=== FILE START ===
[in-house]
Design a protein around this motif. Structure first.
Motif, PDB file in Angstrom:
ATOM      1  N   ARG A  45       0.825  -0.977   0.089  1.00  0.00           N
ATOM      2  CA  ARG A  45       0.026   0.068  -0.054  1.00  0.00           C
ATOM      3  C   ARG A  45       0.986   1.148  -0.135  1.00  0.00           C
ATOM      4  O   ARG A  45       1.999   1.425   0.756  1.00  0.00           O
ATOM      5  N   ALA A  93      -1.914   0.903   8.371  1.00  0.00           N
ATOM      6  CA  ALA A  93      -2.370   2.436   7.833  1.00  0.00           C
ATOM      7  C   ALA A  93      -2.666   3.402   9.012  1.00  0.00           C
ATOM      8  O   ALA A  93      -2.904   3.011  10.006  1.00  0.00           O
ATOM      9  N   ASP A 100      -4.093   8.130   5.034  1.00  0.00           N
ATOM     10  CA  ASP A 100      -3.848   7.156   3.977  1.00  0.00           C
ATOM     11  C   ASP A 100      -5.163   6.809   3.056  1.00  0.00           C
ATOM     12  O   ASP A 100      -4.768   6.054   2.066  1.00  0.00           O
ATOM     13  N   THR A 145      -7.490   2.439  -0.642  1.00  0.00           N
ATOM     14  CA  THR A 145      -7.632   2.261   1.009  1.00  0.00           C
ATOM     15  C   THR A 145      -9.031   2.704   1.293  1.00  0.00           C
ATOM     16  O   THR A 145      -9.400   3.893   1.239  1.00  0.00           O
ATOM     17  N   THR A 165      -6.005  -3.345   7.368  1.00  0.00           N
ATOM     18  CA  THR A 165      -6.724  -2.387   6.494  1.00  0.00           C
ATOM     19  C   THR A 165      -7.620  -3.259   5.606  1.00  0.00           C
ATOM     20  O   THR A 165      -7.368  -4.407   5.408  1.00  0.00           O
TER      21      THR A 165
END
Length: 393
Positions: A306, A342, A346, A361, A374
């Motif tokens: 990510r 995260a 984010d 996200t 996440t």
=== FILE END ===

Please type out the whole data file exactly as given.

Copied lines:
[in-house]
Design a protein around this motif. Structure first.
Motif, PDB file in Angstrom:
ATOM      1  N   ARG A  45       0.825  -0.977   0.089  1.00  0.00           N
ATOM      2  CA  ARG A  45       0.026   0.068  -0.054  1.00  0.00           C
ATOM      3  C   ARG A  45       0.986   1.148  -0.135  1.00  0.00           C
ATOM      4  O   ARG A  45       1.999   1.425   0.756  1.00  0.00           O
ATOM      5  N   ALA A  93      -1.914   0.903   8.371  1.00  0.00           N
ATOM      6  CA  ALA A  93      -2.370   2.436   7.833  1.00  0.00           C
ATOM      7  C   ALA A  93      -2.666   3.402   9.012  1.00  0.00           C
ATOM      8  O   ALA A  93      -2.904   3.011  10.006  1.00  0.00           O
ATOM      9  N   ASP A 100      -4.093   8.130   5.034  1.00  0.00           N
ATOM     10  CA  ASP A 100      -3.848   7.156   3.977  1.00  0.00           C
ATOM     11  C   ASP A 100      -5.163   6.809   3.056  1.00  0.00           C
ATOM     12  O   ASP A 100      -4.768   6.054   2.066  1.00  0.00           O
ATOM     13  N   THR A 145      -7.490   2.439  -0.642  1.00  0.00           N
ATOM     14  CA  THR A 145      -7.632   2.261   1.009  1.00  0.00           C
ATOM     15  C   THR A 145      -9.031   2.704   1.293  1.00  0.00           C
ATOM     16  O   THR A 145      -9.400   3.893   1.239  1.00  0.00           O
ATOM     17  N   THR A 165      -6.005  -3.345   7.368  1.00  0.00           N
ATOM     18  CA  THR A 165      -6.724  -2.387   6.494  1.00  0.00           C
ATOM     19  C   THR A 165      -7.620  -3.259   5.606  1.00  0.00           C
ATOM     20  O   THR A 165      -7.368  -4.407   5.408  1.00  0.00           O
TER      21      THR A 165
END
Length: 393
Positions: A306, A342, A346, A361, A374
């Motif tokens: 990510r 995260a 984010d 996200t 996440t």